Flanagan tried to take command in Central Park, but quickly faded. Edna Kiplagat eventually broke Keitany and Flanagan to win the race in 2:28:20. Flanagan finished second in 2:28:40 with Keitany crossing third in 2:29:01.
“After I finished, I was saying that maybe I will not run another marathon,” Keitany said. “My whole body was paralyzed. Both legs, my back, everywhere was feeling bad. I told Helena and all of my training men that would be the last marathon for me.”
It was, in fact, the prelude to a record-breaking year.
In February 2011, Keitany destroyed the world record at the Ras Al Khaimah Half Marathon, winning in 65:50. It marked the first time a woman had run the distance in under 66 minutes on a non-aided course, and established world records en route for 20K (62:36), 10 miles (50:05), 15K (46:40), and 8K (24:30).
In April, Keitany toed the start line for her second marathon in London and hardly resembled the woman hell-bent on being one and done at the distance.
Rather than leaving the outcome until late, Keitany displayed a brilliant burst of speed, covering the 15th mile in five minutes and the next three all under 5:10 to open up a 30-second lead on defending champion Liliya Shobukhova of Russia en route to winning in 2:19:19, a time which equaled the fourth-fastest in history.
"I think I surprised myself in London because I was remembering how I felt in New York and I was running with the champion from last year and I was a bit scared,” Keitany said. “But then I started to believe in myself that I could do it."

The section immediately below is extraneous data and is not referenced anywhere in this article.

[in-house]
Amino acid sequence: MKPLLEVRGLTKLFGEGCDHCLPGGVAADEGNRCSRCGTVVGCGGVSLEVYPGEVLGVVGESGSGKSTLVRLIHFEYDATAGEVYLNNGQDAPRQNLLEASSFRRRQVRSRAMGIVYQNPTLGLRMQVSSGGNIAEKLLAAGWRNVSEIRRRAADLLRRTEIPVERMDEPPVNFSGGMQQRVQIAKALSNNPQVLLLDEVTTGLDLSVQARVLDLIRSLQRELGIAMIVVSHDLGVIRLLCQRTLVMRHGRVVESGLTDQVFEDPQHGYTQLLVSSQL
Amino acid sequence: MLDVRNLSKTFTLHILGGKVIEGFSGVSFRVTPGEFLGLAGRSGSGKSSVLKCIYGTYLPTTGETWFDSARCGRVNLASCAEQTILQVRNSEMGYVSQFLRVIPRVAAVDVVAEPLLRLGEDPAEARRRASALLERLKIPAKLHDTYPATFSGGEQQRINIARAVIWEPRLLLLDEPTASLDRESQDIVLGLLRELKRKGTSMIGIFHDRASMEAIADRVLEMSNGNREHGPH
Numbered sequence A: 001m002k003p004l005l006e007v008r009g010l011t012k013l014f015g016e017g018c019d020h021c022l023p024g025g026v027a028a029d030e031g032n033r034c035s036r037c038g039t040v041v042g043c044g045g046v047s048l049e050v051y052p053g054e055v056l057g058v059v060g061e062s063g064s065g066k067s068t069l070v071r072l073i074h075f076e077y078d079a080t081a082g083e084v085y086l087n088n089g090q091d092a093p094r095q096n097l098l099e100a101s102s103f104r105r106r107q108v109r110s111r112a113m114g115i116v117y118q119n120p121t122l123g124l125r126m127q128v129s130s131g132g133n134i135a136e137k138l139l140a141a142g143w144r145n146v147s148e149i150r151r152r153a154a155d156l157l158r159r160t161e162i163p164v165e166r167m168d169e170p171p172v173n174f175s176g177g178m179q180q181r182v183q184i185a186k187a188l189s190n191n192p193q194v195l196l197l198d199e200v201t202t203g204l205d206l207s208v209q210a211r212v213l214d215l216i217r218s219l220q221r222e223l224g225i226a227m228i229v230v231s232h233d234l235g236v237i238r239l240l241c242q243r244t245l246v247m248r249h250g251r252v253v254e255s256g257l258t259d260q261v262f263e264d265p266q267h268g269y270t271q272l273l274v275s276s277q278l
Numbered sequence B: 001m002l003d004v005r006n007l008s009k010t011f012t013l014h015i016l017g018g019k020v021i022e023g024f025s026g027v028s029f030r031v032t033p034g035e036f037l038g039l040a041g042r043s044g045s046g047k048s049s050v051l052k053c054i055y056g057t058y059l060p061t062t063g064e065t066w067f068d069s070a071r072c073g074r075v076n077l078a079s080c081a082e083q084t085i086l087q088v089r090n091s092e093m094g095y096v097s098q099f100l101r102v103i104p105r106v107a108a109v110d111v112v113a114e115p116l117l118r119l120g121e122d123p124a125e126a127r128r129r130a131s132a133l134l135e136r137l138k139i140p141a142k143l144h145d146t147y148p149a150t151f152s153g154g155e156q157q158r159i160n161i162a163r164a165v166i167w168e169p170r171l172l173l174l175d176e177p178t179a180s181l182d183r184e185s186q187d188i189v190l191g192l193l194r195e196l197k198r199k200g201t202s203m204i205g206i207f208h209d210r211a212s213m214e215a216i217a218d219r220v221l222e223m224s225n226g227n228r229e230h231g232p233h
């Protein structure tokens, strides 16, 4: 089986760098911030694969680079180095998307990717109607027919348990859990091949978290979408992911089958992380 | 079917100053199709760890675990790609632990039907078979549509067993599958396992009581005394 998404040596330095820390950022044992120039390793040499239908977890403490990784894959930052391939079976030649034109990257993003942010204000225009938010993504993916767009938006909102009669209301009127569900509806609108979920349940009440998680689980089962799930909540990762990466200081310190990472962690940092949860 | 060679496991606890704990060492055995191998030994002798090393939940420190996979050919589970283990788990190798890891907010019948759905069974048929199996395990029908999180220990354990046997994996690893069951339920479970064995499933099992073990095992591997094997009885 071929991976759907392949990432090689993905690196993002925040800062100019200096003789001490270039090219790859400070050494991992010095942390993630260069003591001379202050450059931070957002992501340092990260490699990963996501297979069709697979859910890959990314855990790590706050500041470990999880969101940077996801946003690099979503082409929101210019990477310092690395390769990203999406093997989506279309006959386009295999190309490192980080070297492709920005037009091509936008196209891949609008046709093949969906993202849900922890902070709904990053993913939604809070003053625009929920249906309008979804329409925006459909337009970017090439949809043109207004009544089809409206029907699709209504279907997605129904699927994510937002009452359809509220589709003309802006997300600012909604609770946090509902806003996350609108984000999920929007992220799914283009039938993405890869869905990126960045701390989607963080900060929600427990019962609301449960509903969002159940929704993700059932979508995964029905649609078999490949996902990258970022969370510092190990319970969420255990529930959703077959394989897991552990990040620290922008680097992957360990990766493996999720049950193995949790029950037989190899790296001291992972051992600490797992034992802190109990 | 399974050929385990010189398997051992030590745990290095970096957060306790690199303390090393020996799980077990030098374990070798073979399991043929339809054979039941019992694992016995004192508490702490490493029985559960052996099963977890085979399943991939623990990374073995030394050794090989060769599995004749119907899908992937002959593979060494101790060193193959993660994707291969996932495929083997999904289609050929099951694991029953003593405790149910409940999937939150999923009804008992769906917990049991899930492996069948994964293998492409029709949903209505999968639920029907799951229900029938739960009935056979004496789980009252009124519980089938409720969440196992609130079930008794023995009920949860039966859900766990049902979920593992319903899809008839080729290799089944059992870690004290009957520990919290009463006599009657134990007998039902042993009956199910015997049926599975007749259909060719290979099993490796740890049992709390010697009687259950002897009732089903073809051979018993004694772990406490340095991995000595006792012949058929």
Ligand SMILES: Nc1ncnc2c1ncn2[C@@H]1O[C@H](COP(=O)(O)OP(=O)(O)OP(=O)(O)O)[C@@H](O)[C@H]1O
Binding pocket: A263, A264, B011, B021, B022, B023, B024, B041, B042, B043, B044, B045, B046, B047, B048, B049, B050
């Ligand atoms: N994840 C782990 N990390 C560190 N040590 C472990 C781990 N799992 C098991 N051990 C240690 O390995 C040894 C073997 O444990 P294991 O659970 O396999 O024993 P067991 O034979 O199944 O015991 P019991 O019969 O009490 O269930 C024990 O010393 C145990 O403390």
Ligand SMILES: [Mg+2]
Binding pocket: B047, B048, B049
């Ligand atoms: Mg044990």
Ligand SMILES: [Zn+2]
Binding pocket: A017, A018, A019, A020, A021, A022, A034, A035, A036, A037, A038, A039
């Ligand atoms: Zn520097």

Speed Sandwiched By Disappointment
With newfound confidence in her ability, particularly, her finishing speed at the marathon distance, Keitany returned to New York City in November 2011 looking to for a more memorable finish.
It would be... just not how she envisioned.
Shortly after crossing the Verrazano Narrows Bridge, Keitany took off on what appeared, at the time, to be a solo assault on the course record. By the halfway point, she was 4:31 ahead of Margaret Okayo’s split when she set the course mark of 2:22:31 in 2003, and flirting with a projected finish under 2:16.
But that torrid early pace began to catch up with her. By the time she crossed the Queensborough Bridge, her low-five-minute pace had sagged by some 30 seconds. She covered the 23rd mile in 6:03 and slowed further to 6:20 on the 24th mile. By mile 25, Ethiopians Buzunesh Deba and Firewihot Dado passed her. It was all Keitany could do to hold on for third in 2:23:38.